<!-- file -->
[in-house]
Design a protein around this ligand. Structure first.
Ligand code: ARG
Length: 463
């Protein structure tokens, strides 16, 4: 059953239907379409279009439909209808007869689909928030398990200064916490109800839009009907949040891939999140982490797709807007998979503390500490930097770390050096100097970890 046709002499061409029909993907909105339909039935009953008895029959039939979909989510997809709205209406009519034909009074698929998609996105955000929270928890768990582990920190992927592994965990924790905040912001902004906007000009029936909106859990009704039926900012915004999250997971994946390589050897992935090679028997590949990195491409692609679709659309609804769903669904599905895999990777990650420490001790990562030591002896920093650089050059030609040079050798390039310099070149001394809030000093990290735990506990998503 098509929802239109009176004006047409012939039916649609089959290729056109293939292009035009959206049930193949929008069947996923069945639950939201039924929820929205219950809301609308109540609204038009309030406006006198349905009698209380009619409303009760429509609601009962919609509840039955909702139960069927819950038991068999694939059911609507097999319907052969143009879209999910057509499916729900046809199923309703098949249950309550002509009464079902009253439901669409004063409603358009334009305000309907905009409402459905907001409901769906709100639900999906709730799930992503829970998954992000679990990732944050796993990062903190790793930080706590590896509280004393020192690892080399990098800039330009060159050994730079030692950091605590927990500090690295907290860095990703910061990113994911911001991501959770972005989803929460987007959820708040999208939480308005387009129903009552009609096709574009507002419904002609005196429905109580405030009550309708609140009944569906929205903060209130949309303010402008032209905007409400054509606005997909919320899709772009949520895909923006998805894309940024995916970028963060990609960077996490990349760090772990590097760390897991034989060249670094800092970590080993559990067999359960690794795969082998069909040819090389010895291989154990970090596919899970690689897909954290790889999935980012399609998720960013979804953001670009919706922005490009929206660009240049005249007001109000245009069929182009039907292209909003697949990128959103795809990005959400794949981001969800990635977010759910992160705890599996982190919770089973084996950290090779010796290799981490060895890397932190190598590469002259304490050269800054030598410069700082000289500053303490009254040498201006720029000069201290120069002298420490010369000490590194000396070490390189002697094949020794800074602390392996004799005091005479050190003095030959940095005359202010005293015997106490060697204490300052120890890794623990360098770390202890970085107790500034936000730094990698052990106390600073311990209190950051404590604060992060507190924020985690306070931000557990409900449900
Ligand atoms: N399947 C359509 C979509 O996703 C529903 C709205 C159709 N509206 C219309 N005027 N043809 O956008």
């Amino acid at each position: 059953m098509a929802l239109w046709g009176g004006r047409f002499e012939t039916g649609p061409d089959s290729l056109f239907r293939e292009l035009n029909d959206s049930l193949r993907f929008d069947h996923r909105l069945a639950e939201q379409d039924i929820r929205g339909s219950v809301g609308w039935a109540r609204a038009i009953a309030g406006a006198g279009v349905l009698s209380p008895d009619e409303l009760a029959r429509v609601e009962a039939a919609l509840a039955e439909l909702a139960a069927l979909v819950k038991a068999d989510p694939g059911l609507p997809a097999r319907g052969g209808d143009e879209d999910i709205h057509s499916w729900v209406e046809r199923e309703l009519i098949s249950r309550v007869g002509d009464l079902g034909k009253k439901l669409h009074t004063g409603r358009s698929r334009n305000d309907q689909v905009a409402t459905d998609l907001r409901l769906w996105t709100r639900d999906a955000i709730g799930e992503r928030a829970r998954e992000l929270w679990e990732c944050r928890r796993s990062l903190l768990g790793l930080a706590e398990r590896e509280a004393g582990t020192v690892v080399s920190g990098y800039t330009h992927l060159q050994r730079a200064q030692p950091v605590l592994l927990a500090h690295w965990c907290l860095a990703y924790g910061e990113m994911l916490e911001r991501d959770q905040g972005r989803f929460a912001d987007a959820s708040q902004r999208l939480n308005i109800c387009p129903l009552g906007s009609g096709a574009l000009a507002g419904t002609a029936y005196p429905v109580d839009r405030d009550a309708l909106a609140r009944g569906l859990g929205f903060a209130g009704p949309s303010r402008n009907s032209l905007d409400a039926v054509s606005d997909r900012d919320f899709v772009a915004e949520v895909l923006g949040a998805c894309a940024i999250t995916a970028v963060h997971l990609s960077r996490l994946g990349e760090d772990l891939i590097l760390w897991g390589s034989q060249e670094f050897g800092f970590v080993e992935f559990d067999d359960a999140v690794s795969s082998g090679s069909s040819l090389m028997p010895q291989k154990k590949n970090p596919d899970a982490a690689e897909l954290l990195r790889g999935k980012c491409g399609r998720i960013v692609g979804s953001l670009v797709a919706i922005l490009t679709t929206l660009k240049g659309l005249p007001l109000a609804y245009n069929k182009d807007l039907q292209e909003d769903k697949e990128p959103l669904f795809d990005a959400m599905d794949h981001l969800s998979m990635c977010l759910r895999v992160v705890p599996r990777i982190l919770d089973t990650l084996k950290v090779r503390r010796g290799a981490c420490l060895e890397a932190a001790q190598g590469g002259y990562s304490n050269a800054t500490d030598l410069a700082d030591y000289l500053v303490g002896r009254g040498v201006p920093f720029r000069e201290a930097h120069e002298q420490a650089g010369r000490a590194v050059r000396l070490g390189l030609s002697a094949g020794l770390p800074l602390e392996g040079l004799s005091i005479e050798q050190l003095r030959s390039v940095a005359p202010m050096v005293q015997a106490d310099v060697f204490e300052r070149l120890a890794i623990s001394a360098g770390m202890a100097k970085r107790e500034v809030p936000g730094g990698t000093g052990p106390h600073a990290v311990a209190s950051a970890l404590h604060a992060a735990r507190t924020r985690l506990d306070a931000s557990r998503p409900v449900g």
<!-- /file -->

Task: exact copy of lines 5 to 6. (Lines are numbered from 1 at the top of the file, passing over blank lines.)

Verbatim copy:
């Protein structure tokens, strides 16, 4: 059953239907379409279009439909209808007869689909928030398990200064916490109800839009009907949040891939999140982490797709807007998979503390500490930097770390050096100097970890 046709002499061409029909993907909105339909039935009953008895029959039939979909989510997809709205209406009519034909009074698929998609996105955000929270928890768990582990920190992927592994965990924790905040912001902004906007000009029936909106859990009704039926900012915004999250997971994946390589050897992935090679028997590949990195491409692609679709659309609804769903669904599905895999990777990650420490001790990562030591002896920093650089050059030609040079050798390039310099070149001394809030000093990290735990506990998503 098509929802239109009176004006047409012939039916649609089959290729056109293939292009035009959206049930193949929008069947996923069945639950939201039924929820929205219950809301609308109540609204038009309030406006006198349905009698209380009619409303009760429509609601009962919609509840039955909702139960069927819950038991068999694939059911609507097999319907052969143009879209999910057509499916729900046809199923309703098949249950309550002509009464079902009253439901669409004063409603358009334009305000309907905009409402459905907001409901769906709100639900999906709730799930992503829970998954992000679990990732944050796993990062903190790793930080706590590896509280004393020192690892080399990098800039330009060159050994730079030692950091605590927990500090690295907290860095990703910061990113994911911001991501959770972005989803929460987007959820708040999208939480308005387009129903009552009609096709574009507002419904002609005196429905109580405030009550309708609140009944569906929205903060209130949309303010402008032209905007409400054509606005997909919320899709772009949520895909923006998805894309940024995916970028963060990609960077996490990349760090772990590097760390897991034989060249670094800092970590080993559990067999359960690794795969082998069909040819090389010895291989154990970090596919899970690689897909954290790889999935980012399609998720960013979804953001670009919706922005490009929206660009240049005249007001109000245009069929182009039907292209909003697949990128959103795809990005959400794949981001969800990635977010759910992160705890599996982190919770089973084996950290090779010796290799981490060895890397932190190598590469002259304490050269800054030598410069700082000289500053303490009254040498201006720029000069201290120069002298420490010369000490590194000396070490390189002697094949020794800074602390392996004799005091005479050190003095030959940095005359202010005293015997106490060697204490300052120890890794623990360098770390202890970085107790500034936000730094990698052990106390600073311990209190950051404590604060992060507190924020985690306070931000557990409900449900
Ligand atoms: N399947 C359509 C979509 O996703 C529903 C709205 C159709 N509206 C219309 N005027 N043809 O956008």